2019 and the young guns - MMUSI MAIMANE
Date Released: Fri, 29 November 2013 17:00 +0200
Mmusi Maimane has found himself in a party in which, as one Democratic Alliance insider put it, his nearest competitor at one stage was a charisma black hole. This means the young politician, who exudes warmth and likeability, has shone brightly and is a potential favourite as DA leader when Helen Zille steps down in a few years.
That done, he’ll have a further opportunity given a massive gap in South Africa’s political landscape: the lack of viable policy alternatives for the uninspired youth voters.
“Julius Malema has that sort of militant rock ’n roll thing that appeals to many young people,” says scenario planner Clem Sunter. The problem is that his party’s policy proposals are laughable or just plain disastrous. “We do need someone else to espouse economic freedom, just with a different message to old Julius,” he said.
Frans Cronje of the South African Institute of Race Relations agrees. “Ultimately, in not having anything fundamentally different to bring to the policy table, Mr Maimane may see his political rise retarded,” he says.
“However, add his political skills to a new, fundamentally different and exciting policy approach that appeals to young people and you have a political proposition that can lead a charge that sees the ANC lose the 2019 or 2024 elections — of that I have no doubt.”
Maimane will have his work cut out for him in moving the DA towards meaningful policy change, if the recent uproar over the Employment Equity Amendment Bill is anything to go by.
But Maimane’s personal challenges will get in the way first.
Political risk analyst Mzukisi Qobo is a Maimane fan but notes that he needs to develop his ideas — and to establish a universal appeal that transcends the DA.
“He needs to provide evidence that he does have a distinct set of ideas: ideas with gravity, ideas that are coherent and that are inspiring.”
Maimane has crafted his image like no other politician in South Africa with carefully co-ordinated slogans, imagery, social media, big rallies and speeches centred on his theme of “believe”.
His is a slick campaign, the likes of which, his staffers proudly say, no one else in South Africa can boast of.
But branding expert Gordon Cook has criticised the campaign, which draws strongly on United States President Barack Obama’s 2008 campaign.
“The disappointment is Mmusi has so many strengths: he is of Soweto; a good-looking guy, which always helps; huge language skills and he’s smart — but he’s not drawing on what he’s about. I think it is really far off the mark to introduce American kind of imagery.”
He is a tightly managed DA product, many claim, with some going so far as to say he wouldn’t function without his support staff.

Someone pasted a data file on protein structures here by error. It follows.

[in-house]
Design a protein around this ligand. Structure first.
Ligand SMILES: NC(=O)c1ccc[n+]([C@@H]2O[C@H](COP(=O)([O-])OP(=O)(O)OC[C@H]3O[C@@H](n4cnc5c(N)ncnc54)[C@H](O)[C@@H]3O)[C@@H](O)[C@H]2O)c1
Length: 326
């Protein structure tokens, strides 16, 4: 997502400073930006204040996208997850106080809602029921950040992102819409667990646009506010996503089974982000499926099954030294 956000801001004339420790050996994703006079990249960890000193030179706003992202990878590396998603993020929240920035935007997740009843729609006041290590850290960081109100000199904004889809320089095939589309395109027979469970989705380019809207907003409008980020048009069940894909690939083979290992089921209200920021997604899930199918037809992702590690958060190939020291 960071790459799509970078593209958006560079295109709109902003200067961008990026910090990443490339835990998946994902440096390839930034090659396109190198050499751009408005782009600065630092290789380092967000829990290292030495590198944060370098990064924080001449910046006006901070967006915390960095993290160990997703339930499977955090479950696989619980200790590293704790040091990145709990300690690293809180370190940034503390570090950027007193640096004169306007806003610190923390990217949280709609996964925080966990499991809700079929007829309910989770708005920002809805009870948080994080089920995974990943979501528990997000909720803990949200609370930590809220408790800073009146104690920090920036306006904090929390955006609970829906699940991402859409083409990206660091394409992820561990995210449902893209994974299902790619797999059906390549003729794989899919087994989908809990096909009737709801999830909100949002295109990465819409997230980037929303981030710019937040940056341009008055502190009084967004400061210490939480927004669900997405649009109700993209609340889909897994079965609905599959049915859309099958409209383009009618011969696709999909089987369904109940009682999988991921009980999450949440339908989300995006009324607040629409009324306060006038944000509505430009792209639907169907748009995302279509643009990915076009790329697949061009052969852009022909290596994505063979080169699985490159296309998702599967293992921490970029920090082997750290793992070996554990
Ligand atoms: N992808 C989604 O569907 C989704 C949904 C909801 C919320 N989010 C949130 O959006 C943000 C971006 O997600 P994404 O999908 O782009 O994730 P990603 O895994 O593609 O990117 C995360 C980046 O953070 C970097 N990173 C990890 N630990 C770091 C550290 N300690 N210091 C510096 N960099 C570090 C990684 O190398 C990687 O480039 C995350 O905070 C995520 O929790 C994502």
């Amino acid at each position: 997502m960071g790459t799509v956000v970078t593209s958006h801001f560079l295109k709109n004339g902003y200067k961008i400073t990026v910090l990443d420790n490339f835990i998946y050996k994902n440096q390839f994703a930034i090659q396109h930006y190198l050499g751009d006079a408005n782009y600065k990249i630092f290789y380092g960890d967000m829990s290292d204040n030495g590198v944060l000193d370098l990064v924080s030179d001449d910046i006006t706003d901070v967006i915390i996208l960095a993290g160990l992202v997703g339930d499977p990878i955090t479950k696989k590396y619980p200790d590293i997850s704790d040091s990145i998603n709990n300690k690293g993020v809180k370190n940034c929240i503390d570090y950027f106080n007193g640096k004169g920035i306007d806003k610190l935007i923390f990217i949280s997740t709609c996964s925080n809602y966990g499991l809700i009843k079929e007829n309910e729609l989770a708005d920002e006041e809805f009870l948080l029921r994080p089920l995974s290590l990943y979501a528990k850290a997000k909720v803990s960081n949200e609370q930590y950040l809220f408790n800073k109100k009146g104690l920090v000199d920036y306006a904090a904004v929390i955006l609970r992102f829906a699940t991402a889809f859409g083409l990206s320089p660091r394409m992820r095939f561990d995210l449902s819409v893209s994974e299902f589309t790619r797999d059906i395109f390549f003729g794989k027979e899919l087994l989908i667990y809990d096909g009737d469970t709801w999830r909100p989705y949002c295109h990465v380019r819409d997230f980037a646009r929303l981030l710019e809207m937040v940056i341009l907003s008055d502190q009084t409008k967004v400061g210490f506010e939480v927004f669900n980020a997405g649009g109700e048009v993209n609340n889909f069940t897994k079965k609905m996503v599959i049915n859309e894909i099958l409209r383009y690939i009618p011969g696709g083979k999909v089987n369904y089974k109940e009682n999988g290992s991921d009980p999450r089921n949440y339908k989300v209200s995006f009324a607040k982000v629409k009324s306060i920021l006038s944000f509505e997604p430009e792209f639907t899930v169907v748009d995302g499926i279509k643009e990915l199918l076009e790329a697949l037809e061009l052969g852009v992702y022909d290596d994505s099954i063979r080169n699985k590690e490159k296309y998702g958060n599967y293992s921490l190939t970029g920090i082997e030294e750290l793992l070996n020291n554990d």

But others see the DA campaign machinery as a necessity to harness Maimane’s universally accepted charismatic appeal.
Qobo, too, warns that Maimane’s campaign could deter South African voters. “People get put off by this whole Obama wave. It’s had its moment and they don’t want it to be a mimicry of Obama.
“They want to have a sense they know him. If he’s not careful, he’ll lose that. It comes across as someone who has not yet formed his own perspective and [is not yet] fully confident in his own theme to cut an authentic figure.”
But one of Maimane’s campaign staff members shrugged off the criticism. “If the only criticism that people can throw at us is that it’s very Obama-like, then I think we’re doing very well.”
To his advantage, Maimane has the considerable organisational resources and funds of the DA to draw on when it comes to the unglamorous task of running an organisation.
But with just two years of political experience, Maimane’s organisational leadership ability is always going to be in question.
At just 31, he found himself leading the party’s large caucus of 90 in Johannesburg, 40 of whom were first-time councillors as inexperienced as he. It has not led to the most favourable reports on his organisational leadership.
His supporters point out he did well, all things considered, with his predecessor saying the caucus had a better morale under Maimane than before.
But political analyst Eusebius McKaiser says: “He spreads himself too thin and he has struggled to be a caucus leader.”
The general consensus is he has to be shored up by a strong team in any leadership role, and the same would be true of him as a potential presidential candidate one day.
In Cronje’s view, young politicians the world over are tasked with fundamentally changing the problematic policy frameworks that came before them and proposing new and different paradigms on how to empower young people.
Maimane and the DA are only offering variations on tried ANC policies at present. Maimane needs to go off script, analysts agree, and look at real change in the DA’s policy outlook.
“[He must] bring his weight to shift the orientation of the DA more towards social justice issues and transformation issues,” Qobo says.
Analysts agree Maimane is definitely a politician to watch. If he is bold enough, he could well see himself positioning his party as a serious challenger to the ANC come 2019.
But to do so, he needs to be more authentic and more specific, and accomplish the gargantuan task of moving the DA to completely new policy proposals. Stack those challenges together and the odds aren’t entirely in his favour.
Needs experience: Mmusi Maimane has to develop his ideas and help to move the DA towards meaningful policy change. Photo: Oupa Nkosi
By Veshni Pillay
Source: Mail and Guardian
Pillay is a Rhodes University graduate